Third and final round, and Kampmann easily avoids a takedown and lands another combination. Leites tries to answer, but his cardio is totally gone and his hands are almost by his sides. Kampmann begins to land at will, dropping the Brazilian with a left hand, and then demanding that he get back up. More clean shots land, and Kampmann refuses to go to the ground. Leites looks exhausted and badly hurt now, but shows some tremendous heart and just keeps lurching forward, as Kampmann looks unable to finally stop him. Leites tries a desperate takedown but Kampmann avoids, and Leites ends up down, barely able to stand. He comes back up and eats some knees that put him down again, and then the ref calls him to his feet to end the fight.
Judges all have it 29-28; I would’ve gone 29-27 personally as the third was a 10-8 round if I ever saw one, but whatever really. Leites was doing fine until he gassed in the second round and from there this was all Kampmann. Given what he’s done since I would probably argue that Leites simply suffered from ‘Octagon shock’ here, but regardless, he came in with a big reputation so this was a big win for Kampmann.
McCarthy was unfortunate enough to be labelled ‘Captain Miserable’ on the reality show, for reasons that speak for themselves really, while Ray was practically a faceless member of the cast. Both men were eliminated in the quarter-finals, Ray by Edwin Dewees, and McCarthy by Pete Sell. Physically, McCarthy looks the bigger man here.
They circle to begin the fight, with Ray landing some nice strikes; jabs, low kicks and a nice kick to the body. Nothing happens for a while until Ray lands a heavy left superman punch that seems to stun McCarthy and has him back-pedalling. Boring fight thus far. Finally with a minute to go McCarthy closes the distance, shoots in and gets a big slam down to side mount. Ray immediately looks lost from his back as McCarthy works for a kimura, and then turns across to an armbar instead, extending it for the tapout.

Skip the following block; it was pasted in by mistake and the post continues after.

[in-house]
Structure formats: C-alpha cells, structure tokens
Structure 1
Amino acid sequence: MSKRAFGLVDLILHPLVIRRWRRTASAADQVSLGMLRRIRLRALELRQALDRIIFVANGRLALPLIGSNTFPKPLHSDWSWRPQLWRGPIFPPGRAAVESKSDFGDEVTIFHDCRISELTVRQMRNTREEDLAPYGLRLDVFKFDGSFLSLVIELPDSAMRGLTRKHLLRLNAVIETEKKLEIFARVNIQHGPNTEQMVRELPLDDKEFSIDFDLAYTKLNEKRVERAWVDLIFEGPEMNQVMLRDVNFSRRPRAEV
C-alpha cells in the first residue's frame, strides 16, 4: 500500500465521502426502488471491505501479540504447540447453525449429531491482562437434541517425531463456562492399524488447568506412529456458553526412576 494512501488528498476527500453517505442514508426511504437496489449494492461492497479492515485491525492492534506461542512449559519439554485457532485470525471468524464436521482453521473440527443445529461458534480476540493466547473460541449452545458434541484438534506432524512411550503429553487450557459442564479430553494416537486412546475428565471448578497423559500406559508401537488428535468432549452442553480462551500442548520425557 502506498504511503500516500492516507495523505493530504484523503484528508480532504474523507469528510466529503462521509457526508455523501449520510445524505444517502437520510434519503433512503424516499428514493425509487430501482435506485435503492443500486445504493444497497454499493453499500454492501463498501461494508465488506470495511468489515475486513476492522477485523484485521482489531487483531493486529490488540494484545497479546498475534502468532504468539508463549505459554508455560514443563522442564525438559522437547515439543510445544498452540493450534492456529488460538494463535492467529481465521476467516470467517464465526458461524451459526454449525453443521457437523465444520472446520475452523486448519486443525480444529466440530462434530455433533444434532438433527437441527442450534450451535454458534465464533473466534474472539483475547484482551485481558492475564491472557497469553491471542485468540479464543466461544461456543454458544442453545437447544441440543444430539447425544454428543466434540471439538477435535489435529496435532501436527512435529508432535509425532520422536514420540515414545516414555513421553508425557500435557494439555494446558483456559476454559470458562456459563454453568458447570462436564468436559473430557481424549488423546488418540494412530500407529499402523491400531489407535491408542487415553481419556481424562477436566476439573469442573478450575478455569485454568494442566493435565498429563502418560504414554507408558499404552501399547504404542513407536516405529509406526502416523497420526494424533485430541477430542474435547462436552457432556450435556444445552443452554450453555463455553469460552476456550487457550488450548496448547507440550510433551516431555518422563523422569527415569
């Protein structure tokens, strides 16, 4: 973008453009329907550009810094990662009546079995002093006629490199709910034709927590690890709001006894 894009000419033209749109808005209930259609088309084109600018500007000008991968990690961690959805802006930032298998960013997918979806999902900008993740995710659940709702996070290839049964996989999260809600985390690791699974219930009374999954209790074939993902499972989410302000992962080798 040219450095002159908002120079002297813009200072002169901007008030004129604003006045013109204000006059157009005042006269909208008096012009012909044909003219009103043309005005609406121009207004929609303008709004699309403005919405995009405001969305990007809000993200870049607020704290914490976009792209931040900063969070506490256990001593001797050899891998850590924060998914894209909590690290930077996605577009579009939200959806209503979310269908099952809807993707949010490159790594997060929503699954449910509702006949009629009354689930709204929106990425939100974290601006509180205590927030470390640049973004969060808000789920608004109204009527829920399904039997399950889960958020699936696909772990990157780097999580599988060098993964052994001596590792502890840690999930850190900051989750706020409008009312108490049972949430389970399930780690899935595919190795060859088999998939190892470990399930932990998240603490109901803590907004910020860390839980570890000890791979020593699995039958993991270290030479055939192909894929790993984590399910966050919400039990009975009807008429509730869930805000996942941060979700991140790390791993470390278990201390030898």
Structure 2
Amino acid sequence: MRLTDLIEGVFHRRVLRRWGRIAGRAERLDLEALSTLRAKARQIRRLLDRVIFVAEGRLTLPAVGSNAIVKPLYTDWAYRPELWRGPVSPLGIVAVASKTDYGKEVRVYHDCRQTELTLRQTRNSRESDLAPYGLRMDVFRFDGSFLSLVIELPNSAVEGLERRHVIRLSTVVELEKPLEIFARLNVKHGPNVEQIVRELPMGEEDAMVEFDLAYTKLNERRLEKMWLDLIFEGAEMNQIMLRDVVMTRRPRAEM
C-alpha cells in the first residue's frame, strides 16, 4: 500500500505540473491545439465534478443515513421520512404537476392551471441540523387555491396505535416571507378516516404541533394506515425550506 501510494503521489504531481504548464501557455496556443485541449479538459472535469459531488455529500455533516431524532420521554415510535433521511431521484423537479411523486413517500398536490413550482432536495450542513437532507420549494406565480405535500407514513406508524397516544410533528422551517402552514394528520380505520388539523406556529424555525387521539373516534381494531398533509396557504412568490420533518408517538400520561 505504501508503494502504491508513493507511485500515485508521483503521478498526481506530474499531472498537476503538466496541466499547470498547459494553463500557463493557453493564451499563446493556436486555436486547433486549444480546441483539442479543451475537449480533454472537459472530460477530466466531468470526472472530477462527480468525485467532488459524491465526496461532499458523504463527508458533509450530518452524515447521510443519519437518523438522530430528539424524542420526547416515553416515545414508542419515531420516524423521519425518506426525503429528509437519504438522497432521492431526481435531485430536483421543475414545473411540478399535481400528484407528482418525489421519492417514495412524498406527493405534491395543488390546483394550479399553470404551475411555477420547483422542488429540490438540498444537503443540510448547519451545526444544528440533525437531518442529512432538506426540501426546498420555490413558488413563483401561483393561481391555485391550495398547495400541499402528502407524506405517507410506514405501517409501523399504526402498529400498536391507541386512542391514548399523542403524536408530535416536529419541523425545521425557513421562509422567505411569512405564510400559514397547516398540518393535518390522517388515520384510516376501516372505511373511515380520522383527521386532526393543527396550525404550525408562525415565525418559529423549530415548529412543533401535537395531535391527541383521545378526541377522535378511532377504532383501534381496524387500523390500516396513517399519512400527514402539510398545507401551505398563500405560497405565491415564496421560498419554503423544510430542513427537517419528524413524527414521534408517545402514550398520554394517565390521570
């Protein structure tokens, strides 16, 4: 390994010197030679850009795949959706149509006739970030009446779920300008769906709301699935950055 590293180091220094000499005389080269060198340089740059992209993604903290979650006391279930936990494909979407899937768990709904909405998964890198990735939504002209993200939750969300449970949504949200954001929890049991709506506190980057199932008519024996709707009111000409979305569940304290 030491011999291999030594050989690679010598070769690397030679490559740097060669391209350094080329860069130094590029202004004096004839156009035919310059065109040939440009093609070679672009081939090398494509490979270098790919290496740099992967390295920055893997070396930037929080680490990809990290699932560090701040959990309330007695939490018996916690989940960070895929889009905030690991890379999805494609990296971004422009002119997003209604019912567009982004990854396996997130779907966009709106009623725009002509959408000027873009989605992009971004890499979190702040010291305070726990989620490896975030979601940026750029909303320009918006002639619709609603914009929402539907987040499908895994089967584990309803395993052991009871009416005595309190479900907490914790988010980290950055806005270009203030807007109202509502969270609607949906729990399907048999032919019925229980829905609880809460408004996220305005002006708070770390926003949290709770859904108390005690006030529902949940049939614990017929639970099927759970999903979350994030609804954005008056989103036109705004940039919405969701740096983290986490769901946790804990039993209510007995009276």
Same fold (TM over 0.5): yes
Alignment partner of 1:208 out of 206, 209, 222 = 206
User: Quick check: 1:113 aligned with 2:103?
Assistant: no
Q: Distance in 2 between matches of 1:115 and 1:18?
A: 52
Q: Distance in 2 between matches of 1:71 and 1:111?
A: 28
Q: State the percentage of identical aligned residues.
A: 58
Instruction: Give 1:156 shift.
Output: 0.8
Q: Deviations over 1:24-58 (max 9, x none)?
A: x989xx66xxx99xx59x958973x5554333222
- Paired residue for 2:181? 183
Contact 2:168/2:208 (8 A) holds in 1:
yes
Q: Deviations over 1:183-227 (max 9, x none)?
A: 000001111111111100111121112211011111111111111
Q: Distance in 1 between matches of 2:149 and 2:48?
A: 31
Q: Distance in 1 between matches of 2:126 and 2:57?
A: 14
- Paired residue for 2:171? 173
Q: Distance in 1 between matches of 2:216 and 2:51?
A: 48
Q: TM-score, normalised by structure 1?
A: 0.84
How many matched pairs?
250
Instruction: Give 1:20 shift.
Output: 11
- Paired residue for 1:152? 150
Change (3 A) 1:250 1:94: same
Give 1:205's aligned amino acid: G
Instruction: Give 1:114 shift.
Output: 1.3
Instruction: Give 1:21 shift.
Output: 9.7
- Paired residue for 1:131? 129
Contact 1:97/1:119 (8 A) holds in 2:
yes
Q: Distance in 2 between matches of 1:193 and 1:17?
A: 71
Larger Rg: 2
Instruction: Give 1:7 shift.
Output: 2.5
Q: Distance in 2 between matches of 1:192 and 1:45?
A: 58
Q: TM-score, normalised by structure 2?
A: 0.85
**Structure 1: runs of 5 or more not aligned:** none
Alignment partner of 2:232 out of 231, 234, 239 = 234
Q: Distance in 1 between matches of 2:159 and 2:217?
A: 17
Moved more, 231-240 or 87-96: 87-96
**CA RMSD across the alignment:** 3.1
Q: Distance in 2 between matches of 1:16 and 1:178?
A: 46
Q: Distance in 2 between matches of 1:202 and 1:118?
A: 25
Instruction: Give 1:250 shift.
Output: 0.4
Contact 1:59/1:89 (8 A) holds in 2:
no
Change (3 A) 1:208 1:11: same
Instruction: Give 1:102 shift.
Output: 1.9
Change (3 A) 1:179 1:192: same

Pretty dull fight, as McCarthy did nothing for four minutes while Ray picked at him from the outside, and it was somewhat sad in the end that Ray lost a fight he was handily winning within like 45 seconds of it hitting the ground.
I was pretty annoyed that this didn’t get air time over Rivera vs. Dewees, as in terms of the undercard it was easily the fight I’d been anticipating the most, as both men had had some exciting fights in the past and were likely to throw down regardless of their friendship on the show. Personally Sell was my pick as I figured he was a little more well rounded.
Round 1 begins slowly, with both men pressing and throwing out feeler shots. Smith then lands a one-two, and from there it’s a WILD TRADE with both landing until suddenly they stop and decide to high-five. With that out of the way, bam, they trade off again, and then Sell comes forward with an uppercut and a left hook. Sell continues to press the action as both men openly trade punches, until they end up in the clinch where Sell lands some foot stomps. They break off and exchange once more, and this time Smith catches him with a hard left that puts ‘Drago’ down! Sell quickly pops back up though and gets to the clinch, where they exchange uppercuts. Sell looks badly bloodied now, as they exchange some more shots before clinching and trading knees to end the round. Bizarrely they end up hugging between rounds, these guys are INSANE. Hell of a first round though.
Sell continues to just throw BOMBS to begin the second round, but it’s Smith who draws first blood, landing a good right hand. They continue to exchange big shots, and Sell appears to be getting the better of things, landing a nice combo and then some more cleaner shots. Finally Pete hurts Smith BADLY with a big left hook to the body, causing him to stagger backwards and double over, but as Sell closes in for the finish....Smith catches him with a HAYMAKER RIGHT HAND that knocks him DOWN AND OUT!~!